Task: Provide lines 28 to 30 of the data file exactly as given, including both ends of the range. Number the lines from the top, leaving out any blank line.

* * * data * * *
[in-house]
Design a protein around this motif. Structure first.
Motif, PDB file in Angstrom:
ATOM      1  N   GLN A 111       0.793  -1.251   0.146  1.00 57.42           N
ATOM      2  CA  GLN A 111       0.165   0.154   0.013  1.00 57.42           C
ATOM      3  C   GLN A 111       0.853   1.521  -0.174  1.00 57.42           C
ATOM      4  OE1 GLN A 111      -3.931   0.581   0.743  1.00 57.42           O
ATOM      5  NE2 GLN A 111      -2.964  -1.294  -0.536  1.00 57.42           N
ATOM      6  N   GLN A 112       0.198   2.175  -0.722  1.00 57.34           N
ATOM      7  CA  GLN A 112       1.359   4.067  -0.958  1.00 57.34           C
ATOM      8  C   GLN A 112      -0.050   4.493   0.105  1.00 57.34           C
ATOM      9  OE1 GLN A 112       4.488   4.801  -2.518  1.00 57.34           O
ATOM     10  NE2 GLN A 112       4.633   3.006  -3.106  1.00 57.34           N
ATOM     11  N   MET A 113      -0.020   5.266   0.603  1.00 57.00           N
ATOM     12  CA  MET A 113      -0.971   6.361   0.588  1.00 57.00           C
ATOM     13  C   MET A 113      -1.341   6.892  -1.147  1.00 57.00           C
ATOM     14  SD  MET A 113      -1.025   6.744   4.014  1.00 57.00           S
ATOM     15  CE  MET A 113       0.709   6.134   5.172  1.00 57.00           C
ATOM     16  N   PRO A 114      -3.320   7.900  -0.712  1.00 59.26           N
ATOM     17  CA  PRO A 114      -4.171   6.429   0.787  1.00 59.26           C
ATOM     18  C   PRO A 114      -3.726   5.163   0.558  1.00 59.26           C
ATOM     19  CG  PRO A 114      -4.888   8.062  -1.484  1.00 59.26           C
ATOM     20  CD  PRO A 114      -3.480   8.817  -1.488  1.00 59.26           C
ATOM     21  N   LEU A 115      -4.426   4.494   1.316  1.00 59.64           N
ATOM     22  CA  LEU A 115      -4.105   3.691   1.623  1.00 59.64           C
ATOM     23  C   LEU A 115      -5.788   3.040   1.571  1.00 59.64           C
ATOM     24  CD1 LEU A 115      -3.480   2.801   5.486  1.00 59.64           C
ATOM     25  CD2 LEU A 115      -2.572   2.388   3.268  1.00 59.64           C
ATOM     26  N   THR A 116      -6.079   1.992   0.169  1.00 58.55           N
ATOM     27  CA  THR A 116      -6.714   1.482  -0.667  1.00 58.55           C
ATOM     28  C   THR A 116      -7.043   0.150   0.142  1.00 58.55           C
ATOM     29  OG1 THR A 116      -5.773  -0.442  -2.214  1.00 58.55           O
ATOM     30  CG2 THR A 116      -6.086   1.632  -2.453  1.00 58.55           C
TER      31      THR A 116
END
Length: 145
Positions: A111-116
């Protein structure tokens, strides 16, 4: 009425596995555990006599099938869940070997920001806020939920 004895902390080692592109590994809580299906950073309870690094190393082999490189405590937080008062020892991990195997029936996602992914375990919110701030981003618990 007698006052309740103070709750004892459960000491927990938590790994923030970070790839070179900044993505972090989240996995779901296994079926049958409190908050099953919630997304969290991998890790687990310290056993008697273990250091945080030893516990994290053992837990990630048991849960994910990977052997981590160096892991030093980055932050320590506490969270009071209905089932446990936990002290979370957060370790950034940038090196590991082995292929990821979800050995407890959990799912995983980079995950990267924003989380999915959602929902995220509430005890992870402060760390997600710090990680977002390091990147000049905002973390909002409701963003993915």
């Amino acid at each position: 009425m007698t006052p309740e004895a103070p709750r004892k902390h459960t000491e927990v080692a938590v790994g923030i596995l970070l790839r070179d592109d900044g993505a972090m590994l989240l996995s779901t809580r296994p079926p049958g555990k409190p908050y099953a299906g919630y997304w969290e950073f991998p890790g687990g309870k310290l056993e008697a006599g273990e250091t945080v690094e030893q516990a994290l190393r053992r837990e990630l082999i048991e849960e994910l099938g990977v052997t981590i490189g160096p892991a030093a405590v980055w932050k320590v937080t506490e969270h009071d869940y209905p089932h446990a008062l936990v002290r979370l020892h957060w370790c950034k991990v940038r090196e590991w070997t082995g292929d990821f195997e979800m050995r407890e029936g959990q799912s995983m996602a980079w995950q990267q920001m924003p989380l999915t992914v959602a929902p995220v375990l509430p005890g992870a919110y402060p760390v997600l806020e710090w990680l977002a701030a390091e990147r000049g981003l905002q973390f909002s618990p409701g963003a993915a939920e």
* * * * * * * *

ATOM     25  CD2 LEU A 115      -2.572   2.388   3.268  1.00 59.64           C
ATOM     26  N   THR A 116      -6.079   1.992   0.169  1.00 58.55           N
ATOM     27  CA  THR A 116      -6.714   1.482  -0.667  1.00 58.55           C